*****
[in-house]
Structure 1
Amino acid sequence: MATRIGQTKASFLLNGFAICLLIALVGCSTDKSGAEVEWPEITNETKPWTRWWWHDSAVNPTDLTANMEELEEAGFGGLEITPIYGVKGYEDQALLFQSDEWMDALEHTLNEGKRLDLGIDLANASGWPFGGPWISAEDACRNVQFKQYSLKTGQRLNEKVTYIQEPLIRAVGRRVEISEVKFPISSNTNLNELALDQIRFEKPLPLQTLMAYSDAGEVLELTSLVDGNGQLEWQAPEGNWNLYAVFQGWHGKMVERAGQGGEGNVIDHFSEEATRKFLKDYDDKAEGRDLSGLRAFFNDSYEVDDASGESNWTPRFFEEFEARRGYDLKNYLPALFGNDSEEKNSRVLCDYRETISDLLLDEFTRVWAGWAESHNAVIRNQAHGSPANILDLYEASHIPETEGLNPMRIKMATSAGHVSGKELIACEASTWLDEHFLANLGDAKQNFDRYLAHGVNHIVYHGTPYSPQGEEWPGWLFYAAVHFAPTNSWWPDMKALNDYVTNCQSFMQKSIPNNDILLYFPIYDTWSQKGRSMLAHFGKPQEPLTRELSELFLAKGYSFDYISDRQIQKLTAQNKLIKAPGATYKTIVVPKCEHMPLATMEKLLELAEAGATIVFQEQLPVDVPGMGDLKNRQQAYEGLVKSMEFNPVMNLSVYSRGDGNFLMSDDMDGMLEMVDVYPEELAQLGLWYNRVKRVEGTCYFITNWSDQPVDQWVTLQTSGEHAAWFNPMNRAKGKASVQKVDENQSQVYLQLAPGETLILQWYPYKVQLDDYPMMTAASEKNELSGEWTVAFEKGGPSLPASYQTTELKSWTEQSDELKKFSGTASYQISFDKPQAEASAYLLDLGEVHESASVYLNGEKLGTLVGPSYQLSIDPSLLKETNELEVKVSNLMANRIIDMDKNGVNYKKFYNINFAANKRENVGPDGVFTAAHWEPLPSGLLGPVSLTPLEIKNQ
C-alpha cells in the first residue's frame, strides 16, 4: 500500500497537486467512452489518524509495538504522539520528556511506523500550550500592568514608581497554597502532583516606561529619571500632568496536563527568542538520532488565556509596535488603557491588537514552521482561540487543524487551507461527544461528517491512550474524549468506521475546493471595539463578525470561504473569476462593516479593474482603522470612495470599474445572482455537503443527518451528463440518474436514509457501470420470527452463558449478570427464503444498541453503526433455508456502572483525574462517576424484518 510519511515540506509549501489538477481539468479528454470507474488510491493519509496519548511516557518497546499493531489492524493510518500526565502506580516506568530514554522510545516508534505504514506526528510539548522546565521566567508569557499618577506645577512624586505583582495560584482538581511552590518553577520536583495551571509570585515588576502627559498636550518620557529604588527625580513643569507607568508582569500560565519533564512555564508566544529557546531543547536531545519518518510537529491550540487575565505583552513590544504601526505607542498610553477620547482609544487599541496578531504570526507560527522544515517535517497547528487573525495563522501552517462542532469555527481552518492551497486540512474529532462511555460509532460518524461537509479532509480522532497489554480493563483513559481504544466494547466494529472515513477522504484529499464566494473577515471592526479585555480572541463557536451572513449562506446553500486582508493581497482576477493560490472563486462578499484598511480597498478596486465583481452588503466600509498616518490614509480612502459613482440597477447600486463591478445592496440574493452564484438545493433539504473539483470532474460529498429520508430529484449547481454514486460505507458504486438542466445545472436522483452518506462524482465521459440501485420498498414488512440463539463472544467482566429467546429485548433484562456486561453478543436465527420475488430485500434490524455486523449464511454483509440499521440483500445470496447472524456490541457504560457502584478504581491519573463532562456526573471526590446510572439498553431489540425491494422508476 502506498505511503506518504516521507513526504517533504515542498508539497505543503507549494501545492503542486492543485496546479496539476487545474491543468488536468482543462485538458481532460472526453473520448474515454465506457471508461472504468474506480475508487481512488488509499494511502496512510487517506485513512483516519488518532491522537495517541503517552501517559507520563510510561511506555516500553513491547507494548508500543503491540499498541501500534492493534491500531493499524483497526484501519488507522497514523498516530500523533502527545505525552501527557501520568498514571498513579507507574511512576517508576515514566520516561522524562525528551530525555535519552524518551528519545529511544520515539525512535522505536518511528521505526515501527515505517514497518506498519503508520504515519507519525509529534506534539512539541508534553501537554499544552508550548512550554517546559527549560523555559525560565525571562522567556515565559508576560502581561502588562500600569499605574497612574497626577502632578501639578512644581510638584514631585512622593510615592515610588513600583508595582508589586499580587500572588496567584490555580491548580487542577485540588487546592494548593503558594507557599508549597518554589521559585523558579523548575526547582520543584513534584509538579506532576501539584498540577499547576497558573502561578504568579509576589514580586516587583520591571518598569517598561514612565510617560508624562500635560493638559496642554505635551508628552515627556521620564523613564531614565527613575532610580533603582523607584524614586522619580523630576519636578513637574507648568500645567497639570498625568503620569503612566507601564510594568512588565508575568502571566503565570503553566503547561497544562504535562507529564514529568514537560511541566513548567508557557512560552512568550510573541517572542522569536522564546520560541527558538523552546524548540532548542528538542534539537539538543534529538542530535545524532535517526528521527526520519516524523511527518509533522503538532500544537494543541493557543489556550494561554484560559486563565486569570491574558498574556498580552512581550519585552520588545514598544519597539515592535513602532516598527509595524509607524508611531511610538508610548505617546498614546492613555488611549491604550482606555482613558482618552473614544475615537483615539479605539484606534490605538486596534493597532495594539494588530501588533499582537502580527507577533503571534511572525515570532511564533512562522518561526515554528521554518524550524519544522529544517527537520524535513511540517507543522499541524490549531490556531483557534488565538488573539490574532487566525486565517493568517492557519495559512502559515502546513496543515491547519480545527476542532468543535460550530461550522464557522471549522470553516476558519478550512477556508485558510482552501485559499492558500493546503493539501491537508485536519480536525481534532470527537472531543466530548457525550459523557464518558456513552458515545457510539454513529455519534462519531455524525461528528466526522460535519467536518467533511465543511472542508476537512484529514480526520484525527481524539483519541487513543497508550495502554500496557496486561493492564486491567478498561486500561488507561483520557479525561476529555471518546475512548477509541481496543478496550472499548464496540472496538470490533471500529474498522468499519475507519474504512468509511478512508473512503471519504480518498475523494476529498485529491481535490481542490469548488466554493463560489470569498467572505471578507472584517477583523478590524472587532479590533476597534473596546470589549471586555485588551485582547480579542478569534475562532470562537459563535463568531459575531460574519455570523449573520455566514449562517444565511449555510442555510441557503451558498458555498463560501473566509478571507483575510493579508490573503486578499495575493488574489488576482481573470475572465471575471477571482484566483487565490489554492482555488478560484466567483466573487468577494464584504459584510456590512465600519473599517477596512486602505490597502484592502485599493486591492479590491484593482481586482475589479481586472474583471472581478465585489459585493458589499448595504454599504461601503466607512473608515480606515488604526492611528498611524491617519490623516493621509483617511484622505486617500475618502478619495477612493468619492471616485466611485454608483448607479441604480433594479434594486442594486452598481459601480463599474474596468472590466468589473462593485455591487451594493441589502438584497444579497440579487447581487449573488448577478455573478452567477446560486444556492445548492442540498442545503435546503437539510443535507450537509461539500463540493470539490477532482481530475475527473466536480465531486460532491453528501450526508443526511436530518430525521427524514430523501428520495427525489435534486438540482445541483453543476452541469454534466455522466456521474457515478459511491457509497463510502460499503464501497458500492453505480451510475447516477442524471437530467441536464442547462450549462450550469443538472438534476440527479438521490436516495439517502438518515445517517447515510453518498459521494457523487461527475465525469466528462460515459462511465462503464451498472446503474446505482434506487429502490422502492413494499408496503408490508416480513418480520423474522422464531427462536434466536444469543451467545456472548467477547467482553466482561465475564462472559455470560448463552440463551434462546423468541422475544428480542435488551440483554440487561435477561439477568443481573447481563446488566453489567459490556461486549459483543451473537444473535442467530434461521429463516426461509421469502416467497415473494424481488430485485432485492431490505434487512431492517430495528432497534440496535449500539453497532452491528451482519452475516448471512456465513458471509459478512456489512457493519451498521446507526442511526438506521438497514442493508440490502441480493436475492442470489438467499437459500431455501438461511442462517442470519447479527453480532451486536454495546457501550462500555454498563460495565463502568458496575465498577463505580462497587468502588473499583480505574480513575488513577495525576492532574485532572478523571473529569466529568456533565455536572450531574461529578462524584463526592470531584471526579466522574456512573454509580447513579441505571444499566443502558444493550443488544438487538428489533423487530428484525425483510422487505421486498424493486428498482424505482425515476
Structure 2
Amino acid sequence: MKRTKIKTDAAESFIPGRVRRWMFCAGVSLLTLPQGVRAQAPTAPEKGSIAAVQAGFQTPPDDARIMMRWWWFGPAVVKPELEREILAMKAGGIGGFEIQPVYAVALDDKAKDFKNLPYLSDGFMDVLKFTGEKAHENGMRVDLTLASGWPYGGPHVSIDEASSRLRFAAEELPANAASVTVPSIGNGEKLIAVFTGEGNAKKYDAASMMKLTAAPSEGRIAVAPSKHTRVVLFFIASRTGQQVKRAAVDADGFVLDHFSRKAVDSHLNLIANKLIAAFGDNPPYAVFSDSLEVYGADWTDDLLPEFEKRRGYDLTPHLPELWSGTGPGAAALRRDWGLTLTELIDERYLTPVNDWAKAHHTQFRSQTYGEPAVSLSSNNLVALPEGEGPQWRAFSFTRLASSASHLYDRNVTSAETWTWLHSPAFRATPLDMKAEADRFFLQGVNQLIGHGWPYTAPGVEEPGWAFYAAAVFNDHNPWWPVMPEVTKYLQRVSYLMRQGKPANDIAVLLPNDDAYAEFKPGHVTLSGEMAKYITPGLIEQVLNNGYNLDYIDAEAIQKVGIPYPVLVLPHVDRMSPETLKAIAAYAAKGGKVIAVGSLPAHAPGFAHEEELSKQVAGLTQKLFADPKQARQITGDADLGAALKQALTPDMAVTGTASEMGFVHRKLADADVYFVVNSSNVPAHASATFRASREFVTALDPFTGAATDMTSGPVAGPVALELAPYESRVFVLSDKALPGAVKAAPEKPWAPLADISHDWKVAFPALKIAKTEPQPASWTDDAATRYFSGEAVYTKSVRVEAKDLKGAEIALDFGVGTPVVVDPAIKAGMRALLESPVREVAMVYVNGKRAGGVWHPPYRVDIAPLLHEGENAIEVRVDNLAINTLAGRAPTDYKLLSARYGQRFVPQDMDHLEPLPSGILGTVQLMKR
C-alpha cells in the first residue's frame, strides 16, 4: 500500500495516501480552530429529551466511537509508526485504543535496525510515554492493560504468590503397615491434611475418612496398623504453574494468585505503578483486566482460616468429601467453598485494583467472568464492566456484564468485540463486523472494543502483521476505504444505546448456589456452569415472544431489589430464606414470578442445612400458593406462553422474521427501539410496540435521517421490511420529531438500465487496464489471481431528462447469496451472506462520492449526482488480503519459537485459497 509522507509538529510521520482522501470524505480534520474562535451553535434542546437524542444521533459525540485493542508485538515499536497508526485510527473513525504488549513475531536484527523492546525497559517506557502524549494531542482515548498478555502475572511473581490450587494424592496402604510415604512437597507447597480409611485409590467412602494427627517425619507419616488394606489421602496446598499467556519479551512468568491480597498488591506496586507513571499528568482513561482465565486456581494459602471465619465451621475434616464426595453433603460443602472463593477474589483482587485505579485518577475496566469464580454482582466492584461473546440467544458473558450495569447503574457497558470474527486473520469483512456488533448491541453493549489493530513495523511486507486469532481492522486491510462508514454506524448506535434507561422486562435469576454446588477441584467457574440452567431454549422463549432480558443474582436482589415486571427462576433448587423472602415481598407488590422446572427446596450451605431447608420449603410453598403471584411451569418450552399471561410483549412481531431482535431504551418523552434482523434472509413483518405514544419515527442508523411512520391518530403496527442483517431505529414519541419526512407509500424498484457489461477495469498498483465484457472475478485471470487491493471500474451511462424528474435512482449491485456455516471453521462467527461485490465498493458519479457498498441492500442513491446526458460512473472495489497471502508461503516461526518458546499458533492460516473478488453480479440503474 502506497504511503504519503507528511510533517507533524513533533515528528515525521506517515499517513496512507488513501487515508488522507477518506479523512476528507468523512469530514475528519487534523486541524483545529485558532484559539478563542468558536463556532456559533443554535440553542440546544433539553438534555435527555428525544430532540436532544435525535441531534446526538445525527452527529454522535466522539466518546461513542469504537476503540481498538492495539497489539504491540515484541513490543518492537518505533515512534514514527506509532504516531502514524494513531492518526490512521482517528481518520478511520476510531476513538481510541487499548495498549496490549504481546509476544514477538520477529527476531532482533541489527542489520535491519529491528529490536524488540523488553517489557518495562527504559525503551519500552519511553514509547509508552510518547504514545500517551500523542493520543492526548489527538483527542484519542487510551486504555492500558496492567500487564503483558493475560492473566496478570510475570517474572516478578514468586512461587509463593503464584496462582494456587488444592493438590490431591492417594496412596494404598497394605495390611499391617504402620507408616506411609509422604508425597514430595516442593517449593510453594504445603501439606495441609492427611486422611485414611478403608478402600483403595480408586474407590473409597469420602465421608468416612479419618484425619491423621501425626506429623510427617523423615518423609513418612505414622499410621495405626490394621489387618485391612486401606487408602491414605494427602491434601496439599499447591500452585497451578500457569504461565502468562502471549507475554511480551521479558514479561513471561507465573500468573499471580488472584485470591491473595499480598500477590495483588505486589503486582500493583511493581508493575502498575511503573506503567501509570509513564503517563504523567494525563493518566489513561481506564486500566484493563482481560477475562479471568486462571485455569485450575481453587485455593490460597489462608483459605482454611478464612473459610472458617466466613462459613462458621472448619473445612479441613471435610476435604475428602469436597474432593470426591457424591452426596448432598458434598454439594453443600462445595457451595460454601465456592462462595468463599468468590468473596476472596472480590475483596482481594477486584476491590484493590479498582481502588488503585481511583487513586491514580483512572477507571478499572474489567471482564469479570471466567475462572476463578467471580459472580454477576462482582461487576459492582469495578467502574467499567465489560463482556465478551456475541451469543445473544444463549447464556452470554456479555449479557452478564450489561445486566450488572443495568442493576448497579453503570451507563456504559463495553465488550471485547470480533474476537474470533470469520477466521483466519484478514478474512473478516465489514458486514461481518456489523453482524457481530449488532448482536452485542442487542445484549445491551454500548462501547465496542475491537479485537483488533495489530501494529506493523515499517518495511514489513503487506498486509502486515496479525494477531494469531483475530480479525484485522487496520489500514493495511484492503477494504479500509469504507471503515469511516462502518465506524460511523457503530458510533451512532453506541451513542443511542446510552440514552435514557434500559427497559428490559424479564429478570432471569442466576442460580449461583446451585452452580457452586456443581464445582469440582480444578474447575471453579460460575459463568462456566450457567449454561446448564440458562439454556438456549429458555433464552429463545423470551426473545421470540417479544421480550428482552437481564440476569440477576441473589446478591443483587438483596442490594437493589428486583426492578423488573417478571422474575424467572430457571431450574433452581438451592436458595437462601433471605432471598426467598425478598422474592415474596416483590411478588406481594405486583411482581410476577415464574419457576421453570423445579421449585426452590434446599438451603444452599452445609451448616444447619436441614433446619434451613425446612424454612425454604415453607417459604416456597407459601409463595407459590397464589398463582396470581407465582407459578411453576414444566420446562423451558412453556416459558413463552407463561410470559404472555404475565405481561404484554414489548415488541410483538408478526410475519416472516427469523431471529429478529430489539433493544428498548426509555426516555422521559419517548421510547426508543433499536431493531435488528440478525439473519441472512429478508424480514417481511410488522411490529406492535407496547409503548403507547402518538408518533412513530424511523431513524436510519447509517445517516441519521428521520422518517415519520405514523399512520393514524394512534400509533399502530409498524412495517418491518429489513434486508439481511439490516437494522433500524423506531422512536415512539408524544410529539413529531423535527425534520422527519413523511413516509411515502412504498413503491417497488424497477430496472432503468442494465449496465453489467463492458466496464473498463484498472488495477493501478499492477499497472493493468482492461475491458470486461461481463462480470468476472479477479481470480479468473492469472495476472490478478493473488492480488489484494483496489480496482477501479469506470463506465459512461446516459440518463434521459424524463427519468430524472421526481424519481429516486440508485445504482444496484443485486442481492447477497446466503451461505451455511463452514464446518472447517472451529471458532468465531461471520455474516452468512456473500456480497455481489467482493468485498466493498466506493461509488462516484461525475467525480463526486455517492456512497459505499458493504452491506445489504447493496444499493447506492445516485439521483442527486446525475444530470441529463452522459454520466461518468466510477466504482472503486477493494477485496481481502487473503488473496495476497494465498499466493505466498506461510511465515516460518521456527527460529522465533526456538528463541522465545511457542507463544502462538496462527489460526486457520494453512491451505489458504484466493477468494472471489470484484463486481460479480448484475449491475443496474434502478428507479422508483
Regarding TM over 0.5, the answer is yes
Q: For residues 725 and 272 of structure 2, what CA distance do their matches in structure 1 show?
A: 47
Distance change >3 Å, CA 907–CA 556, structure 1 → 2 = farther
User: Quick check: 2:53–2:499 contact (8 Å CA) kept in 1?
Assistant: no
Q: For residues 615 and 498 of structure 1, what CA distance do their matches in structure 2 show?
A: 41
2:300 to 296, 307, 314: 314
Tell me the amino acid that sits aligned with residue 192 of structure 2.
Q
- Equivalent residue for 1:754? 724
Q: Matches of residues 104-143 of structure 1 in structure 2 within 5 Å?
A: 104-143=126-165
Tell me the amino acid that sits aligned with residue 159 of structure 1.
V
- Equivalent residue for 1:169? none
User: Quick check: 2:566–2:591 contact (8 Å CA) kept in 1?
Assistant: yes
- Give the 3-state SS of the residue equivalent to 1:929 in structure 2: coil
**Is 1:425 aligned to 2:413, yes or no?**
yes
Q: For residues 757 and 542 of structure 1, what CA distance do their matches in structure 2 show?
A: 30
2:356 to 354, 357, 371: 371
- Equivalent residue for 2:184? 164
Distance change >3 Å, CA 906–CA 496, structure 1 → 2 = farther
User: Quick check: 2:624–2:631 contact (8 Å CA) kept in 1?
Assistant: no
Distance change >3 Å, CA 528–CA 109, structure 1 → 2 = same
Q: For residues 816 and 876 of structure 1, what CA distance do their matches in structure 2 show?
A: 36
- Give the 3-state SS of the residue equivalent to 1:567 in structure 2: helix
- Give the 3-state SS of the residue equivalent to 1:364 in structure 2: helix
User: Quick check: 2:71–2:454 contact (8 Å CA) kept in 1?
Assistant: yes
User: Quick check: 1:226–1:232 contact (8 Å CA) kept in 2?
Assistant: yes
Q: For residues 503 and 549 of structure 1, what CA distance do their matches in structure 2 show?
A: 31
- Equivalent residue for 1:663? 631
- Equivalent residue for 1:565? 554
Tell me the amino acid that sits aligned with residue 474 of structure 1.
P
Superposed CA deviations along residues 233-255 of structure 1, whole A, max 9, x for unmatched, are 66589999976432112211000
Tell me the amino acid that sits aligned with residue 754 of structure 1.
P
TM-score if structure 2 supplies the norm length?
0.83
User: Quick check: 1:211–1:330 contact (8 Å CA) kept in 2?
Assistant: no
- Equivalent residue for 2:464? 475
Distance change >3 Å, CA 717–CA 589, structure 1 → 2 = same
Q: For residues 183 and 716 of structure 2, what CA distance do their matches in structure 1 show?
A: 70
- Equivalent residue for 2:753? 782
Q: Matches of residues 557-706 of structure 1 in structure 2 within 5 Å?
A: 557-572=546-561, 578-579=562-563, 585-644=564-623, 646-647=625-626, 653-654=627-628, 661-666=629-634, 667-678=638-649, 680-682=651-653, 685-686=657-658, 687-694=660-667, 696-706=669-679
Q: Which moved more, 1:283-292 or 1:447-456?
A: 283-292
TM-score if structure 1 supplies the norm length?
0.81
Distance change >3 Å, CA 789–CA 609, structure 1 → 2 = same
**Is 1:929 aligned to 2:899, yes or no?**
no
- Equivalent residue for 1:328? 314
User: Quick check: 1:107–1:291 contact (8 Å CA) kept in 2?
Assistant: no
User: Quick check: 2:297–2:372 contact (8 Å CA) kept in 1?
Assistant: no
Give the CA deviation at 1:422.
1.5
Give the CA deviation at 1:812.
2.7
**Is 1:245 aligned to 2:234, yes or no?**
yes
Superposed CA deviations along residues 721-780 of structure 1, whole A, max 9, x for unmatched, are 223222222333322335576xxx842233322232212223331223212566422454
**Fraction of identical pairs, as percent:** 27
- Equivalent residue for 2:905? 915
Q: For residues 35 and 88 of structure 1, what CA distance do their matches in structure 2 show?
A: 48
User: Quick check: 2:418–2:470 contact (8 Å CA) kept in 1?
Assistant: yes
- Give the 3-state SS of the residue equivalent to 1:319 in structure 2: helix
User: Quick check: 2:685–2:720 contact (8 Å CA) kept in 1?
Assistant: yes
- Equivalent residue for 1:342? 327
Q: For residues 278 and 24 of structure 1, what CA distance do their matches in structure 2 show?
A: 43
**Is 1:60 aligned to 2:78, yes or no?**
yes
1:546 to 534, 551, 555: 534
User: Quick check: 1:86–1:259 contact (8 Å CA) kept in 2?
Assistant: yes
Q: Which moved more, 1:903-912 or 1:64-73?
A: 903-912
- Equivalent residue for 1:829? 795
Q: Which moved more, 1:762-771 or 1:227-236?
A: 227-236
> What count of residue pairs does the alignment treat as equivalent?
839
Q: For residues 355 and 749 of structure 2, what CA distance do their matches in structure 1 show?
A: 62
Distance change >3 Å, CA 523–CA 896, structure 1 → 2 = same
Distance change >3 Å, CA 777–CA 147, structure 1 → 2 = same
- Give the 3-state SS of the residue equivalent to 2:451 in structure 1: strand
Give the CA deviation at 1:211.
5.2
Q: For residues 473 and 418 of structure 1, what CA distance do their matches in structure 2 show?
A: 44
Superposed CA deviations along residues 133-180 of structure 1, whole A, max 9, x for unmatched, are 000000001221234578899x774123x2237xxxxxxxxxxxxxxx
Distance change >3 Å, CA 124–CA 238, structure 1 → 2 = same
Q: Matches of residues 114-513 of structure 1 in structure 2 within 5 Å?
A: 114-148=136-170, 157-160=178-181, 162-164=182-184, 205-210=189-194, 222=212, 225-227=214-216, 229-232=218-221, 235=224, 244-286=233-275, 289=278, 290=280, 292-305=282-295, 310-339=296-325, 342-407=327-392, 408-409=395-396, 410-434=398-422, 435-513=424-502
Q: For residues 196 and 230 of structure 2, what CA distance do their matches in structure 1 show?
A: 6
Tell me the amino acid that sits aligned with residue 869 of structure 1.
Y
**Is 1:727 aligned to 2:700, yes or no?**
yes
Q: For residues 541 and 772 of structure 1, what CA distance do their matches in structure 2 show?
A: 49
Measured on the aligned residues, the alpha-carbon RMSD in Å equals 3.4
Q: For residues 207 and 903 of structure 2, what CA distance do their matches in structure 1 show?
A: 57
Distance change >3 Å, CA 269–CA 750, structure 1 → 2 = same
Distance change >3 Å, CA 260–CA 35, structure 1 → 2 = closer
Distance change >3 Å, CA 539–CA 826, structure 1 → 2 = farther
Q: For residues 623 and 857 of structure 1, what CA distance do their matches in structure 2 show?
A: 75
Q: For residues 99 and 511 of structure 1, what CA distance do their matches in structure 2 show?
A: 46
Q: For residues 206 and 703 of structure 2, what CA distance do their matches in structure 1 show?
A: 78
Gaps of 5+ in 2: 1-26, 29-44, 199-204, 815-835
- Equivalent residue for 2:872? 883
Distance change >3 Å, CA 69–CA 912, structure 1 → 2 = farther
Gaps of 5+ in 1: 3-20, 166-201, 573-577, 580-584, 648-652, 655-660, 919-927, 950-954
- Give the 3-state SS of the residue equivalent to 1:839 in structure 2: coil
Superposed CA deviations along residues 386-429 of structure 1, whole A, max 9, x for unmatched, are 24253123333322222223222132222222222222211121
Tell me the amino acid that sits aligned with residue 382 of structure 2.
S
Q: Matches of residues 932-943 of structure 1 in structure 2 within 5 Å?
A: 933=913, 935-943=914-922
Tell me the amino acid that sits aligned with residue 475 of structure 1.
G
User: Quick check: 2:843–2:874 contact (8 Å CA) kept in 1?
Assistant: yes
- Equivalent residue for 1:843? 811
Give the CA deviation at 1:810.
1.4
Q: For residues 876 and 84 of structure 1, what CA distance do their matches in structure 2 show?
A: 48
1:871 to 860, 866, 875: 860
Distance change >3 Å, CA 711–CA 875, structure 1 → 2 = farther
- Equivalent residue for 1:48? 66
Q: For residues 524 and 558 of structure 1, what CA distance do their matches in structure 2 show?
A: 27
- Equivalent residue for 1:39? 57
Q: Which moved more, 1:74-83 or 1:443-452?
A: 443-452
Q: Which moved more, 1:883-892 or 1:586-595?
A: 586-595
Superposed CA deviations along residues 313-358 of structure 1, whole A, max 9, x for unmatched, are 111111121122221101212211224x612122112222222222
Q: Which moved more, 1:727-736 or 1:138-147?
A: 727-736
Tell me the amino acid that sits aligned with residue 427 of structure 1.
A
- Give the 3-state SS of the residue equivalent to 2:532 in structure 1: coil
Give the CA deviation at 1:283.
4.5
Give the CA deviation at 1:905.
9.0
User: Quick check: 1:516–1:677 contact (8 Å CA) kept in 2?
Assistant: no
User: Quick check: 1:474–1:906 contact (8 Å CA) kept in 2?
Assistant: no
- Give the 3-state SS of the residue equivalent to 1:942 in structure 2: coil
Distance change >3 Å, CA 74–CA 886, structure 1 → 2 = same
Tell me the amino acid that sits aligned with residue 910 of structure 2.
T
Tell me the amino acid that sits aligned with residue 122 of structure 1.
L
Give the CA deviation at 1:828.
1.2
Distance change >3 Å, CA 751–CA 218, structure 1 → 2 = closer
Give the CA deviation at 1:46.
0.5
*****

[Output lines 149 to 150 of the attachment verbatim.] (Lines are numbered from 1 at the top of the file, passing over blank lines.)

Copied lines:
S
Q: Matches of residues 932-943 of structure 1 in structure 2 within 5 Å?